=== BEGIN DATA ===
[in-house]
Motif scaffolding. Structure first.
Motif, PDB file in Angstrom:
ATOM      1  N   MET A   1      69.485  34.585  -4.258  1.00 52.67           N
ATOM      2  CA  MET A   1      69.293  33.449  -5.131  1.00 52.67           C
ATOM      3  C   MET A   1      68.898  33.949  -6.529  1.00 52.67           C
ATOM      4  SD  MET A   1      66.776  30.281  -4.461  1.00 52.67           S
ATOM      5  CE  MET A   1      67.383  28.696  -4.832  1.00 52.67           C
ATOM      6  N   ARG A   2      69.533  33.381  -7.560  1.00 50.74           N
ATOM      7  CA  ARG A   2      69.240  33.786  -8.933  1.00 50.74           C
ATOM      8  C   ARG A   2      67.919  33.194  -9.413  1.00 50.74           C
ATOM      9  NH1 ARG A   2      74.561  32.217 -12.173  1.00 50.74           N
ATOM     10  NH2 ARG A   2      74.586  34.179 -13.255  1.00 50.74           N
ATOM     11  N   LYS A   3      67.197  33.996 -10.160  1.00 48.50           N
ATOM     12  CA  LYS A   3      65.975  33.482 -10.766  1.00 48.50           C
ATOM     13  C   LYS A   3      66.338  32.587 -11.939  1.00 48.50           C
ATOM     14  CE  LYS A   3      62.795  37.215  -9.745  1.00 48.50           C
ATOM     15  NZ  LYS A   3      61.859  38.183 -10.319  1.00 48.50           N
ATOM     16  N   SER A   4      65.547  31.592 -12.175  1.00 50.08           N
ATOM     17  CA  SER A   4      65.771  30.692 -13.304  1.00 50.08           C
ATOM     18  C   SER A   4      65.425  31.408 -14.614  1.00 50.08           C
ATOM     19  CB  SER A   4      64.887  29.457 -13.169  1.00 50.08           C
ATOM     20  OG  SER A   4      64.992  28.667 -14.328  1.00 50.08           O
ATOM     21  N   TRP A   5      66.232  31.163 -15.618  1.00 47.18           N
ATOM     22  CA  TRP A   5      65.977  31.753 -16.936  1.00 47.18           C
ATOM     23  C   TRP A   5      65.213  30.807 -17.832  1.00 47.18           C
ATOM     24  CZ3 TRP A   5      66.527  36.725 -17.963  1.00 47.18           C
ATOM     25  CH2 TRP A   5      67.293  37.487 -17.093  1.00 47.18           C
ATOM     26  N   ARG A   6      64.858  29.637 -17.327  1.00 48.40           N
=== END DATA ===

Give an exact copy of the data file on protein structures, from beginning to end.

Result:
[in-house]
Motif scaffolding. Structure first.
Motif, PDB file in Angstrom:
ATOM      1  N   MET A   1      69.485  34.585  -4.258  1.00 52.67           N
ATOM      2  CA  MET A   1      69.293  33.449  -5.131  1.00 52.67           C
ATOM      3  C   MET A   1      68.898  33.949  -6.529  1.00 52.67           C
ATOM      4  SD  MET A   1      66.776  30.281  -4.461  1.00 52.67           S
ATOM      5  CE  MET A   1      67.383  28.696  -4.832  1.00 52.67           C
ATOM      6  N   ARG A   2      69.533  33.381  -7.560  1.00 50.74           N
ATOM      7  CA  ARG A   2      69.240  33.786  -8.933  1.00 50.74           C
ATOM      8  C   ARG A   2      67.919  33.194  -9.413  1.00 50.74           C
ATOM      9  NH1 ARG A   2      74.561  32.217 -12.173  1.00 50.74           N
ATOM     10  NH2 ARG A   2      74.586  34.179 -13.255  1.00 50.74           N
ATOM     11  N   LYS A   3      67.197  33.996 -10.160  1.00 48.50           N
ATOM     12  CA  LYS A   3      65.975  33.482 -10.766  1.00 48.50           C
ATOM     13  C   LYS A   3      66.338  32.587 -11.939  1.00 48.50           C
ATOM     14  CE  LYS A   3      62.795  37.215  -9.745  1.00 48.50           C
ATOM     15  NZ  LYS A   3      61.859  38.183 -10.319  1.00 48.50           N
ATOM     16  N   SER A   4      65.547  31.592 -12.175  1.00 50.08           N
ATOM     17  CA  SER A   4      65.771  30.692 -13.304  1.00 50.08           C
ATOM     18  C   SER A   4      65.425  31.408 -14.614  1.00 50.08           C
ATOM     19  CB  SER A   4      64.887  29.457 -13.169  1.00 50.08           C
ATOM     20  OG  SER A   4      64.992  28.667 -14.328  1.00 50.08           O
ATOM     21  N   TRP A   5      66.232  31.163 -15.618  1.00 47.18           N
ATOM     22  CA  TRP A   5      65.977  31.753 -16.936  1.00 47.18           C
ATOM     23  C   TRP A   5      65.213  30.807 -17.832  1.00 47.18           C
ATOM     24  CZ3 TRP A   5      66.527  36.725 -17.963  1.00 47.18           C
ATOM     25  CH2 TRP A   5      67.293  37.487 -17.093  1.00 47.18           C
ATOM     26  N   ARG A   6      64.858  29.637 -17.327  1.00 48.40           N